On Sunday, Eason Jordan, who recently launched IraqSlogger.com, a great new site whose aim is to produce and aggregate as much news about Iraq as possible, offered his roundup of Iraq-focused stories in the New York Times and Washington Post’s Sunday editions. And what he found was a bit surprising — at least initially:
The New York Times and Washington Post are stuffed with Iraq-focused reporting, analyses, and commentaries - 25 in all. Yet, amazingly, not a single one of those original stories comes from Iraq itself (in fairness, there’s a Baghdad-datelined AP report in the NYT). Why? With 140,000 U.S. troops in Iraq, Iraqis and Americans being killed there every day, and with the U.S. troop presence costing American taxpayers hundreds of millions of dollars a day, Americans deserve and need meaty reporting from the war zone daily. And I pity the newspaper correspondents risking life and limb in Iraq only to see their editors opt not to include a single original story from Iraq in the huge Sunday papers (two days straight for the NYT).
We understand Jordan’s point, and agree that there are times — too many, in fact — where there just isn’t enough on-the-ground reporting from Iraq. Last January, while embedded with a Marine unit in Fallujah, I wrote that while reporters in Iraq “were all there by choice, and were doing everything they could to cover the story the best they could…there just aren’t enough of them to give the conflict its due.
Which is too bad, because from time immemorial, the best war reporting has been done down in the dust and the mud, elbow to elbow with the soldiers doing the killing and the crying and the sweating and the dying (see Pyle, Ernie) — not from command posts, and certainly not from press centers.”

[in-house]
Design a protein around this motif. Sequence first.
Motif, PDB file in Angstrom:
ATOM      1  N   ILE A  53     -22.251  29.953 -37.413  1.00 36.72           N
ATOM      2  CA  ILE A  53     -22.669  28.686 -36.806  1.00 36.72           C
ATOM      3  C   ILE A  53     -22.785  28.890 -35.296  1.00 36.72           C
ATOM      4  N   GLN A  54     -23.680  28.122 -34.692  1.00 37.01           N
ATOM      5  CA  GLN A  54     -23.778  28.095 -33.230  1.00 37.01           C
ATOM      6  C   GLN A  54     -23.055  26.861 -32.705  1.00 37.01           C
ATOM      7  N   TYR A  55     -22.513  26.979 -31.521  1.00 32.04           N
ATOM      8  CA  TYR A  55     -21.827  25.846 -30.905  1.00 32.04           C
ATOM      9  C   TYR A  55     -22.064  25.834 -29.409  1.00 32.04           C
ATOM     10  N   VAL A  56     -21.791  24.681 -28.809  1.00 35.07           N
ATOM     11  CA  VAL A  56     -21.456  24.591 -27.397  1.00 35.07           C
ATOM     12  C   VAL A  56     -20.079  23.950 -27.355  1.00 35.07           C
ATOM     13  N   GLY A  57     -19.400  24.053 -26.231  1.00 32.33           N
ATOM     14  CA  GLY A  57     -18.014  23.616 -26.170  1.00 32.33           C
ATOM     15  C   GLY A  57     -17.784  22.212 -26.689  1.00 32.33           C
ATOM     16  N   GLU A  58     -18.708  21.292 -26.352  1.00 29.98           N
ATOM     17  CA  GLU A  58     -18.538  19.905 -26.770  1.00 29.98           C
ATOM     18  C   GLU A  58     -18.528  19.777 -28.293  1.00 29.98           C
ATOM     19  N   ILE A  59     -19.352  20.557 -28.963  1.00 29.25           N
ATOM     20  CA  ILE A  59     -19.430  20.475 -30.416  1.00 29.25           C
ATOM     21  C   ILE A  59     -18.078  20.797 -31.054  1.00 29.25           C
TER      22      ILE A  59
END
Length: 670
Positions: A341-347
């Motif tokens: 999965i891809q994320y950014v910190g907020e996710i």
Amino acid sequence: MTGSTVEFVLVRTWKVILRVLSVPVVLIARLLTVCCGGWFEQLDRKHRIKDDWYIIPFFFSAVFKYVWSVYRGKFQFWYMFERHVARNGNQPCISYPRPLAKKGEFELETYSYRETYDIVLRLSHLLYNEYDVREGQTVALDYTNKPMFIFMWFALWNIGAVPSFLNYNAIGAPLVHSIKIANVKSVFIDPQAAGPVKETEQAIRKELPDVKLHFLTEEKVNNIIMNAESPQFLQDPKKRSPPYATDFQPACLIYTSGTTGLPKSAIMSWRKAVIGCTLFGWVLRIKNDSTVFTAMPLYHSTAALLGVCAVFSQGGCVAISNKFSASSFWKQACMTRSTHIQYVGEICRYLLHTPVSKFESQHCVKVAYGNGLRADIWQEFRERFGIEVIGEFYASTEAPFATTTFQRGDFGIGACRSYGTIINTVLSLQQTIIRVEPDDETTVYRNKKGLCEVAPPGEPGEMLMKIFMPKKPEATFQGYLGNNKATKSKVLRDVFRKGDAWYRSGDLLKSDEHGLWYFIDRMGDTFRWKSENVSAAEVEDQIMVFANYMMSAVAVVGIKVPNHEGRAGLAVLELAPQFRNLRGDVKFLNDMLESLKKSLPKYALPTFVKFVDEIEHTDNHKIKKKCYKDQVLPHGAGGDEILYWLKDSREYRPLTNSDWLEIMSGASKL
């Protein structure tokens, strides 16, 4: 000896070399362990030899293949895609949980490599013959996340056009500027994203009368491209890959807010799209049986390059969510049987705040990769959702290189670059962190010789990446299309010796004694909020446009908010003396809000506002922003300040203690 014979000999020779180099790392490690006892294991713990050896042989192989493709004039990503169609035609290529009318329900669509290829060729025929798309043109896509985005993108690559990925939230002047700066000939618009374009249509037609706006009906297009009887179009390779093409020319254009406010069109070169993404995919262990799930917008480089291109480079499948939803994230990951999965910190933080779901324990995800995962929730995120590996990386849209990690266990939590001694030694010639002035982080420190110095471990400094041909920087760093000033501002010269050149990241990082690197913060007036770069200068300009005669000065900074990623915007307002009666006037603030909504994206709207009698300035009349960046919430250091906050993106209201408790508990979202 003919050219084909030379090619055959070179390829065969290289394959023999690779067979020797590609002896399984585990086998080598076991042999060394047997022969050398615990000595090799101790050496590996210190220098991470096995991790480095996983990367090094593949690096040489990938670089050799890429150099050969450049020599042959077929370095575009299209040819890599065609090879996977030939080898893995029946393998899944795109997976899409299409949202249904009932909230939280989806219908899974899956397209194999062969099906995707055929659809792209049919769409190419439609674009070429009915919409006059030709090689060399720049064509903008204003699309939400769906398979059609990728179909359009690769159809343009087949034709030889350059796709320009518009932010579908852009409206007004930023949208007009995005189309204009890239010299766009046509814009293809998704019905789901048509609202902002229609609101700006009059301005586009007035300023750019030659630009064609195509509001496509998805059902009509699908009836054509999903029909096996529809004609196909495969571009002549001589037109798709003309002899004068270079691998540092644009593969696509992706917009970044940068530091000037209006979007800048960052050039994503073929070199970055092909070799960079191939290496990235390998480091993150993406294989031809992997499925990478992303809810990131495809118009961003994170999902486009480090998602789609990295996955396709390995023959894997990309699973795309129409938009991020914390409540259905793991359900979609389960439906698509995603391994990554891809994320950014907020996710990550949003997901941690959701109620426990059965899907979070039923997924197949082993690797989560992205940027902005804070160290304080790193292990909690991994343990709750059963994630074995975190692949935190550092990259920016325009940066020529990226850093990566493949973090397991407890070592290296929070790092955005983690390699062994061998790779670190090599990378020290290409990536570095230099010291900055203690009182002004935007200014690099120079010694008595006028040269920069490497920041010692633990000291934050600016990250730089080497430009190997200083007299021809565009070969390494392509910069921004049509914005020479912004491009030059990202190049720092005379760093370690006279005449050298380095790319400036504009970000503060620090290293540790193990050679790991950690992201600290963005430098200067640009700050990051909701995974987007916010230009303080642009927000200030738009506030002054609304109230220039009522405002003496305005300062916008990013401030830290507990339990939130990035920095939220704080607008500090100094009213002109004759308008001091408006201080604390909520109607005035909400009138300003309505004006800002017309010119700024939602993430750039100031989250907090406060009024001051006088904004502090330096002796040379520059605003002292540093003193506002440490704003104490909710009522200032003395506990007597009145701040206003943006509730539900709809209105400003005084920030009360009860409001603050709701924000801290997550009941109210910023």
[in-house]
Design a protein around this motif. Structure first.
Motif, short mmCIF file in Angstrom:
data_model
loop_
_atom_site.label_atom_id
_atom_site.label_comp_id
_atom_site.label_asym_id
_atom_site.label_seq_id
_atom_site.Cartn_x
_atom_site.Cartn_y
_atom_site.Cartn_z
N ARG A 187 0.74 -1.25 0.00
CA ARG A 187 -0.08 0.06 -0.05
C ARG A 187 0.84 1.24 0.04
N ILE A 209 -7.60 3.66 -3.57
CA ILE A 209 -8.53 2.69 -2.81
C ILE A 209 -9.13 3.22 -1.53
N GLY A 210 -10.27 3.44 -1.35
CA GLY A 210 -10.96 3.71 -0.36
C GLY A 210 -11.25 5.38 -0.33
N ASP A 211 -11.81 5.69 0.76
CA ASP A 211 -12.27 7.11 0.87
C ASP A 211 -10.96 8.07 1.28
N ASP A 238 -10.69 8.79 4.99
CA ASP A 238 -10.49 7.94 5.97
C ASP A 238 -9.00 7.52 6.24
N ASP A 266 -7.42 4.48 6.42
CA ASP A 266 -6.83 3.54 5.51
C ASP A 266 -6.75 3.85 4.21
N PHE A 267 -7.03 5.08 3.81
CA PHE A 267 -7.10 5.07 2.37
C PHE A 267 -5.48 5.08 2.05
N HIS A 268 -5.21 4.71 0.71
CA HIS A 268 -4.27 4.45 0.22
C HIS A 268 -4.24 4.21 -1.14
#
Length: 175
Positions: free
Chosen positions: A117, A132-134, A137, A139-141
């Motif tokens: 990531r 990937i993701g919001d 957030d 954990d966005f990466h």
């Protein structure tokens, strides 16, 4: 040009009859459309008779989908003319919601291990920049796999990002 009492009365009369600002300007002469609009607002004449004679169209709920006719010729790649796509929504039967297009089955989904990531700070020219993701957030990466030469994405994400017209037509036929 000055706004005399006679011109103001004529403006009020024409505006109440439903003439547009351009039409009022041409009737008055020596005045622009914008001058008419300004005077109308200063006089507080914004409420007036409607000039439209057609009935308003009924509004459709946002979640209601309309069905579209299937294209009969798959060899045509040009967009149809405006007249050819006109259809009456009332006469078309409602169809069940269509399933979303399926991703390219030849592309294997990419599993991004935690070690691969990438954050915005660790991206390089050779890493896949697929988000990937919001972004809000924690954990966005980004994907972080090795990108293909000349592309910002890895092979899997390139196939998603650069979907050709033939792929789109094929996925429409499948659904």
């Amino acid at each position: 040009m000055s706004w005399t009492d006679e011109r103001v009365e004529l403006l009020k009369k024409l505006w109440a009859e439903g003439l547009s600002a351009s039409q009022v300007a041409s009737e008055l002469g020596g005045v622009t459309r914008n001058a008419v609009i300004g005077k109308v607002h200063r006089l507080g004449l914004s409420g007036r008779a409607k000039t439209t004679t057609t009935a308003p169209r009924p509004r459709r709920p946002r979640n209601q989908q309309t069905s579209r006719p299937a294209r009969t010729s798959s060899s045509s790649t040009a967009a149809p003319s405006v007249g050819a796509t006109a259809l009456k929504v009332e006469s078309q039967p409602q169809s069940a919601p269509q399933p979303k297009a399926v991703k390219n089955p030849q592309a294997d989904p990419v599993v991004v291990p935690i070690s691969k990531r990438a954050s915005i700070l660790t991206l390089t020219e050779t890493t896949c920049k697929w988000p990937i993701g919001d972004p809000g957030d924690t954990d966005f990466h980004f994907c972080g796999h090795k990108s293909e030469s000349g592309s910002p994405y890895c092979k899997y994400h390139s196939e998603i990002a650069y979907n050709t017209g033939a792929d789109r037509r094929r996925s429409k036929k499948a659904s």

Jordan makes a similar point. But his analysis suffers a bit due to the narrow window from which he views the coverage of the conflict (and he doesn’t seem to fully consider the staggering cost, and sheer force of will it takes to write anything from Iraq.) While the Sunday papers were admittedly short on stories from reporters in-country, a quick look at the days preceding Sunday and those that followed shows that neither paper is ignoring its Baghdad bureaus. In fact, the Sunday papers looked to be an anomaly when recent coverage is taken as a whole.
While there were no Baghdad-datelined stories on Sunday, Saturday saw a front-page article by Nancy Trejos from Baghdad, and on Friday, the paper ran another page 1 piece by Raghavan; and Raghavan and Joshua Partlow were planted on page 1 again on Wednesday.
There were more pieces both up front and inside the A section throughout the week, but you get the picture.
As far as the Times is concerned, let’s not forget that on Saturday, the paper ran an important page 1 piece by the incomparable Carlotta Gall from that other shooting war in Afghanistan, and a page 6 piece by the equally far-flung Jeffrey Gettleman from Somalia. Sunday’s paper had no front-page Iraq stories, though the three on page 14 were critically important (one about soldiers preparing to deploy to Iraq, and an AP story about the Malaki government’s reaction to the Bush administration’s new plan).
On Friday, John Burns and Sabrina Tavernise reported from Baghdad, and Wednesday’s paper included another page 1 story from the Baghdad bureau.